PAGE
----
Something that I began to realize, and that I feel Vandermeer really placed emphasis on is that deforestation is a result more of agriculture rather than large scale logging operations. As he points out this is counter intuitive, mostly because the soils of Rainforests are poorly suited for cultivating crops, the only thing that the soils support well is Rain Forests. Any agriculture, and money made there of is only going to be short lived.
Another problem associated with rain forests is that they are located in areas of poverty and unrest in most cases, and as stated above money is always needed in areas like this. And as above, people begin to exploit resources in order to make money to get along, even if those resources are not going to sustain profit for very long, and in the case of the rainforest, agriculture is something that is short lived in these areas.
I have a meeting with Sean later this week to go over some new numbers to give us a more realistic projection of the cost of the LED lights. One has been installed on Bashford lawn as a test and will be used to collect information. I have continued to look through the literature on these lights and similar projects – and have begun to write up a report.
Cluj-Napoca, Romania, Grassland
A recent article in the National Geographic Daily News reveals that “Grasslands [are] More Diverse Than Rain Forests – In Small Areas.” The grassland pictured here has the highest number of plants in a square foot – though rainforests still have the largest number of plant species on a large scale, which is to be expected considering their size. Grasslands and meadows in Eastern Europe and Argentina have been discovered to have an incredible amount of plant species – a 527 sq. foot Czech grassland has 131 vascular plant species. In just 1 sq. foot of grassland in Romania (Cluj-Napoca), 43 species were cataloged. This is in comparison to the 942 species found in 2.5 acres of a rainforest in Ecuador. Biologists who conducted the study claim mowing and grazing levels, slow growth rates and infertile soils allow “grass species to cram into small area” (Mosher). It is interesting to see that this biodiversity is only found in tropical rainforests and grasslands.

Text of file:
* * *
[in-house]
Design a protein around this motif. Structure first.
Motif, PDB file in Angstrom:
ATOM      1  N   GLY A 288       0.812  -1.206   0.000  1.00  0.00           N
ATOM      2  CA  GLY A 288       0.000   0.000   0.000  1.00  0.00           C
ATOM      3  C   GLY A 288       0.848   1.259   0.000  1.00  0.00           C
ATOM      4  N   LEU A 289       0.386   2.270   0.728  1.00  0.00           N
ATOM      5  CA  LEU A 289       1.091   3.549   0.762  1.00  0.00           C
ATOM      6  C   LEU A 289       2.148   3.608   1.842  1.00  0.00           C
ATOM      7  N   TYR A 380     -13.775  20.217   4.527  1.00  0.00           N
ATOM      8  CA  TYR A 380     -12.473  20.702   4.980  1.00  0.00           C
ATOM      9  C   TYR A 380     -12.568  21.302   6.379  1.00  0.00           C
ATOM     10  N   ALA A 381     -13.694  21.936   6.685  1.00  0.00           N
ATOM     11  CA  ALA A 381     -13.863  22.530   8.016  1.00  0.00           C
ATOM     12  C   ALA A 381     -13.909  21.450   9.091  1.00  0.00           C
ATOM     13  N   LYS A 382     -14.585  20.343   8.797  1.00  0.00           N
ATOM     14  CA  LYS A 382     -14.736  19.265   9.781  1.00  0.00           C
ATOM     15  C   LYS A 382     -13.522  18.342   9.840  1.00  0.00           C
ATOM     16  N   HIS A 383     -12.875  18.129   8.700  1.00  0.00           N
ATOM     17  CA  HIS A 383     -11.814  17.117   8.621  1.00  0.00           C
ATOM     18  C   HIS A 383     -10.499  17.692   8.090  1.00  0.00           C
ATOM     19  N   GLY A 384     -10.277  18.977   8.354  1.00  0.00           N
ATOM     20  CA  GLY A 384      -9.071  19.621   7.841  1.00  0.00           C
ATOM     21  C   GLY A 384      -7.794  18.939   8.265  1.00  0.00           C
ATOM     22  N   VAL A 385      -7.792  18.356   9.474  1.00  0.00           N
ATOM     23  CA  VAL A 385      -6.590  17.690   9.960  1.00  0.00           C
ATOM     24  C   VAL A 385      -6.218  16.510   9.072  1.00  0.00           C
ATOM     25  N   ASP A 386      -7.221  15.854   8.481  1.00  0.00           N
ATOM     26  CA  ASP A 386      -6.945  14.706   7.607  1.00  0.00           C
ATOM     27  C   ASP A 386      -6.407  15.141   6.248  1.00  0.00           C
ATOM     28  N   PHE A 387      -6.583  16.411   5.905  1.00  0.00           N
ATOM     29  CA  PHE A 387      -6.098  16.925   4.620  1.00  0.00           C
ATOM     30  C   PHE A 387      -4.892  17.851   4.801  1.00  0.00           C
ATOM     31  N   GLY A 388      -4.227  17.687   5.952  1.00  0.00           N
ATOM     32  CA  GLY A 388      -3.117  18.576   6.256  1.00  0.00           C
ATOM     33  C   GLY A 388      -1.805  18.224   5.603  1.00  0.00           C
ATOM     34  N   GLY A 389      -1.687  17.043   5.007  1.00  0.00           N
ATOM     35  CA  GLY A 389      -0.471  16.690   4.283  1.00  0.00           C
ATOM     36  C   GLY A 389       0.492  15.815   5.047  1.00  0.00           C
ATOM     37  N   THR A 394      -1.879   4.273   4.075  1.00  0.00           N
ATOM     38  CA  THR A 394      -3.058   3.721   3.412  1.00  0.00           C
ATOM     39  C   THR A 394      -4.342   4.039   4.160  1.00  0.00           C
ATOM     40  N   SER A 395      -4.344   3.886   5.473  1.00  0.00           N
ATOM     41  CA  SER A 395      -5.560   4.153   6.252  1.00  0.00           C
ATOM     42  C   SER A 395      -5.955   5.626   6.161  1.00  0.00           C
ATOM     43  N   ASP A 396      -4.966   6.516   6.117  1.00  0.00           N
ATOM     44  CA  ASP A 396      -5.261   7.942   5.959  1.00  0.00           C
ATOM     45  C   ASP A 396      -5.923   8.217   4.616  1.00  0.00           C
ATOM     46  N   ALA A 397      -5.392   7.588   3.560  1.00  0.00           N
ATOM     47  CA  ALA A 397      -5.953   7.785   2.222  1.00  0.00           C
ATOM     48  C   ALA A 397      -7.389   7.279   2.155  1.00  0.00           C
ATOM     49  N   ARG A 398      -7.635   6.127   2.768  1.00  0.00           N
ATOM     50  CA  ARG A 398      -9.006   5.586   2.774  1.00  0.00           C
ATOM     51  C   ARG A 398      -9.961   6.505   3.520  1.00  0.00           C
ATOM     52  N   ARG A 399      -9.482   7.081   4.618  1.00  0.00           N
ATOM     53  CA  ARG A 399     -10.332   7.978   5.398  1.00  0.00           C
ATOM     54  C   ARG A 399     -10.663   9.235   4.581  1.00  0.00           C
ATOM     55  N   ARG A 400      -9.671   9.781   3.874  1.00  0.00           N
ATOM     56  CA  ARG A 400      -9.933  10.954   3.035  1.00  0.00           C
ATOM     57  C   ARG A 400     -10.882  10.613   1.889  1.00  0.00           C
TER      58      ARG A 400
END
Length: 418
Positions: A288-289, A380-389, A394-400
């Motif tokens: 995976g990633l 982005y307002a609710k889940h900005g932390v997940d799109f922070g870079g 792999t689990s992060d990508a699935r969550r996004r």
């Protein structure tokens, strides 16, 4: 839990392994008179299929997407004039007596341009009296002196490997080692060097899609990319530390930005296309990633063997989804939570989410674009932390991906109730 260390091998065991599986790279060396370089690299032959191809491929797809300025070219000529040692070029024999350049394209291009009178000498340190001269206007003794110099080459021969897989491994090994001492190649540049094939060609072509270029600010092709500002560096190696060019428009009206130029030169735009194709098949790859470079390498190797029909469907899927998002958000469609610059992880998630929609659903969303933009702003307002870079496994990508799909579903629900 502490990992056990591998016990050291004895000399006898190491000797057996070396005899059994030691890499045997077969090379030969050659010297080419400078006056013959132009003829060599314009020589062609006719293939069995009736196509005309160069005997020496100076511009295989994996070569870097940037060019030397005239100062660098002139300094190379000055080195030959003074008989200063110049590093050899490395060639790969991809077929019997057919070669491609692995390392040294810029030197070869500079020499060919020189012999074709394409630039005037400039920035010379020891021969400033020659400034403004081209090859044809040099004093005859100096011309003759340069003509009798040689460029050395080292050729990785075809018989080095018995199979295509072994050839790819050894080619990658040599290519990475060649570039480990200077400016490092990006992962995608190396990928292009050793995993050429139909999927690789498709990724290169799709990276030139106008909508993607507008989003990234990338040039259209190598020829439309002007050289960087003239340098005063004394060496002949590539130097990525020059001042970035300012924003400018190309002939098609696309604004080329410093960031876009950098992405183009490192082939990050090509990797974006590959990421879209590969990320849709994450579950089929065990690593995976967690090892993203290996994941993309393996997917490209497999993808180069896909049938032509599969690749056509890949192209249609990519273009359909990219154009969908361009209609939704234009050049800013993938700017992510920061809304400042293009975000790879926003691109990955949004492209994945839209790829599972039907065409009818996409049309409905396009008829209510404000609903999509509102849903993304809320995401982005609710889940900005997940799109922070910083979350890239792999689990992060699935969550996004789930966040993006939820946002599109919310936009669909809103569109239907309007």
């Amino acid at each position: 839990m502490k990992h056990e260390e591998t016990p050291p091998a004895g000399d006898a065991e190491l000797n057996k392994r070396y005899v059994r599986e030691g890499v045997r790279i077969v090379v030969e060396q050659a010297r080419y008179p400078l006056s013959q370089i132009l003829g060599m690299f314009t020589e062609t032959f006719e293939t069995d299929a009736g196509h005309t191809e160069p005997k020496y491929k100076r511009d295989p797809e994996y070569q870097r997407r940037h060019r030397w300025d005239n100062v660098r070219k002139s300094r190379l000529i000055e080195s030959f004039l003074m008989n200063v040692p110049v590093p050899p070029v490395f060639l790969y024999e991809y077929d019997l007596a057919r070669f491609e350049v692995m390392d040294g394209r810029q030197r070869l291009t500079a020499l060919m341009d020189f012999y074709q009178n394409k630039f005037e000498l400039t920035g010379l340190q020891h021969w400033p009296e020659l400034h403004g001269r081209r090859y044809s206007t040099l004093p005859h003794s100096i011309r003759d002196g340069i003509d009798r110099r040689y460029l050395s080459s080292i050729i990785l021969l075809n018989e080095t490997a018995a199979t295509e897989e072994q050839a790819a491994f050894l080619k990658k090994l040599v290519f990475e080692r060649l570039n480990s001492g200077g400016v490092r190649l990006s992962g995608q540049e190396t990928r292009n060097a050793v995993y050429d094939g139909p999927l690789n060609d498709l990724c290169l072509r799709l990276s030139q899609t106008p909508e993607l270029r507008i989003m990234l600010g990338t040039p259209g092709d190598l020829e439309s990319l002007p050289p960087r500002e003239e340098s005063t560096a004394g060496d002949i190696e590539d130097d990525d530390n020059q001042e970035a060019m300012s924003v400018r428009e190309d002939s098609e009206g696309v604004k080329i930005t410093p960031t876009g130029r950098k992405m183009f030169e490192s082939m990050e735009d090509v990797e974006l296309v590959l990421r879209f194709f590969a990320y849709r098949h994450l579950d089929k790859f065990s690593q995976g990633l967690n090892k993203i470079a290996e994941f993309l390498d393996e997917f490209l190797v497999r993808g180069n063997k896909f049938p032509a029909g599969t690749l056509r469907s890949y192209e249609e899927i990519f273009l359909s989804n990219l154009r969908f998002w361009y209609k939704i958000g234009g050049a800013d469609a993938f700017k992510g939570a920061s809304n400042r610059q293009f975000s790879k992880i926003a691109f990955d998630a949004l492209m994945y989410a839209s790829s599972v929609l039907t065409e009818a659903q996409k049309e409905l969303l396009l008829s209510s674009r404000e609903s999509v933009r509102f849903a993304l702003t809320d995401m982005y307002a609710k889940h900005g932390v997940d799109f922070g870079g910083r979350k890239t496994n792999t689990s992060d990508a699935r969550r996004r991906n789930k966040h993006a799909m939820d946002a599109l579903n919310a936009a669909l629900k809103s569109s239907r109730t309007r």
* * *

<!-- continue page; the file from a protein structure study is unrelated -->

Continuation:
Vandermeer’s Breakfast of Biodiversity raises many important points concerning tropical rainforest destruction. Few think of the extent to which the rainforest is threatened – or the extent to which a rainforest may properly operate. He begins the book by discussing the Sarapiqui region of Costa Rica, a region which was drastically changed when the Standard Fruit Company. This company alone was responsible for a great portion of rainforest destruction in Costa Rica – “rain forest cover in the region plummet[ed] from almost 90% in 1950 to approximately 25% today” (6). Much of this forest was destroyed to accommodate for banana plantations, a practice which is still prevalent in many Latin American countries, including Costa Rica. Since this book was published, things have changed somewhat. There has been a greater push for biodiversity, and many small farms are encouraged to plant a variety of crops.